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A Path for Nuclear Power

A novel but tested technology, the pebble-bed reactor, can make fission energy safe.

Lee S. Langston

Energy Economics 101

Nuclear power plants are expensive to build but relatively cheap to run. Current estimates for the capital costs of a nuclear plant run in the range of $5,000 to $6,000 per electrical kilowatt. By comparison, coal plant capital costs are about $2,000 per electrical kilowatt. High-efficiency, gas turbine combined cycle plant costs are in the $600 to $1,000 per electrical kilowatt range. Simple cycle gas turbine plant capital costs are as low as $300 to $700 per electrical kilowatt.

The Energy Information Administration’s Annual Energy Outlook for 2014 report provides more meaningful estimates of the averaged levelized costs for generating technologies to be brought online in 2018. (Levelized cost represents the per-kilowatt hour cost of building and operating a generating plant over an assumed financial life and duty cycle). The projected levelized cost for an advanced coal plant is 12.3 cents per kilowatt-hour, whereas that of advanced combined cycle gas turbine plant is 6.6 cents per kilowatt-hour. An advanced nuclear plant, such as the ones under construction at Vogtle, comes in between, at 10.8 cents per kilowatt-hour. Nuclear is competitive, then, and a future carbon tax on technologies that produce carbon dioxide pollution could make it even more so.

One major controversy with nuclear power is what happens to spent fuel when a plant is retired. A good example of a cradle-to-grave story of a nuclear power plant is the Connecticut Yankee plant, located along the Connecticut River. It went online in 1968, and over its service life of 28 years it produced over 110 billion kilowatt-hours of electricity from its uranium fuel. The plant was decommissioned from 1998 to 2007, with all structures removed from three to four feet below ground level. The site is now a fairly flat field, with a low mound where the reactor building sat.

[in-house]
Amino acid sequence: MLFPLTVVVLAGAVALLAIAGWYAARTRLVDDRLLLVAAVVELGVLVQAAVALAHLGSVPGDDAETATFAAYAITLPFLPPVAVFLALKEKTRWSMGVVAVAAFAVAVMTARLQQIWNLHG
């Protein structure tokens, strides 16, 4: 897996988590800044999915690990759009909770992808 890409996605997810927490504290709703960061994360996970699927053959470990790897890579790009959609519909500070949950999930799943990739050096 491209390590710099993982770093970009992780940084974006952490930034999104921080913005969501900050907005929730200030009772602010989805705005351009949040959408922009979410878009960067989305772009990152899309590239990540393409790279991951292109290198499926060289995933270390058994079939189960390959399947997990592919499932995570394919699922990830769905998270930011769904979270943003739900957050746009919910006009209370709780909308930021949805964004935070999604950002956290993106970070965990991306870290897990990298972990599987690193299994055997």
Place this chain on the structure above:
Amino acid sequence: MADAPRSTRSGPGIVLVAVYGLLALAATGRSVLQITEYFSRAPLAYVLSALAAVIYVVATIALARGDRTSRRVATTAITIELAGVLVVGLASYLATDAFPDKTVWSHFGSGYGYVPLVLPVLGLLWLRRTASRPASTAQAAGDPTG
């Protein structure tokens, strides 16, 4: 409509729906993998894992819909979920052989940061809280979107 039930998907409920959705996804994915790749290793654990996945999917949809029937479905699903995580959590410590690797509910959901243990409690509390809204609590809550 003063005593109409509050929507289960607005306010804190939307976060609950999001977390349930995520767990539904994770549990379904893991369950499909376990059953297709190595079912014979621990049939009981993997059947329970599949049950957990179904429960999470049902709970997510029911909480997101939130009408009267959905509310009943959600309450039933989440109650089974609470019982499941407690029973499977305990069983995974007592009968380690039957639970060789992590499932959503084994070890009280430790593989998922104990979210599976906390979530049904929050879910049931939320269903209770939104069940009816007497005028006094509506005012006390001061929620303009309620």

Located on a hill above the plant site is the Independent Spent Fuel Storage Installation. It consists of 43 dry storage casks mounted on a concrete pad that is 30 meters long by 60 meters wide and a meter thick. Forty of the casks contain almost all of the fuel assemblies used over the life of the Connecticut Yankee plant; the other three contain reactor vessel parts. Each cask is a vertical concrete cylinder, about four meters in diameter and six meters high, containing a cylindrical steel canister with nine-centimeter-thick walls. The casks, which cost $1 million apiece to construct, are licensed for a 20-year storage time, but could last 40 to 60 years or longer.

In the future, a federal agency might take possession of the installation. If that happens, the casks might simply stay in place, considering the significant expense of moving them to a permanent storage site—if one is ever chosen. That might not be a popular decision politically, but financially the decommissioning process has been taken into account. The cost of maintaining the installation is about $3 million a year. All of the plant decommissioning and spent-fuel storage costs had been factored into electric rates paid by customers during the plant’s 28 years of operation.

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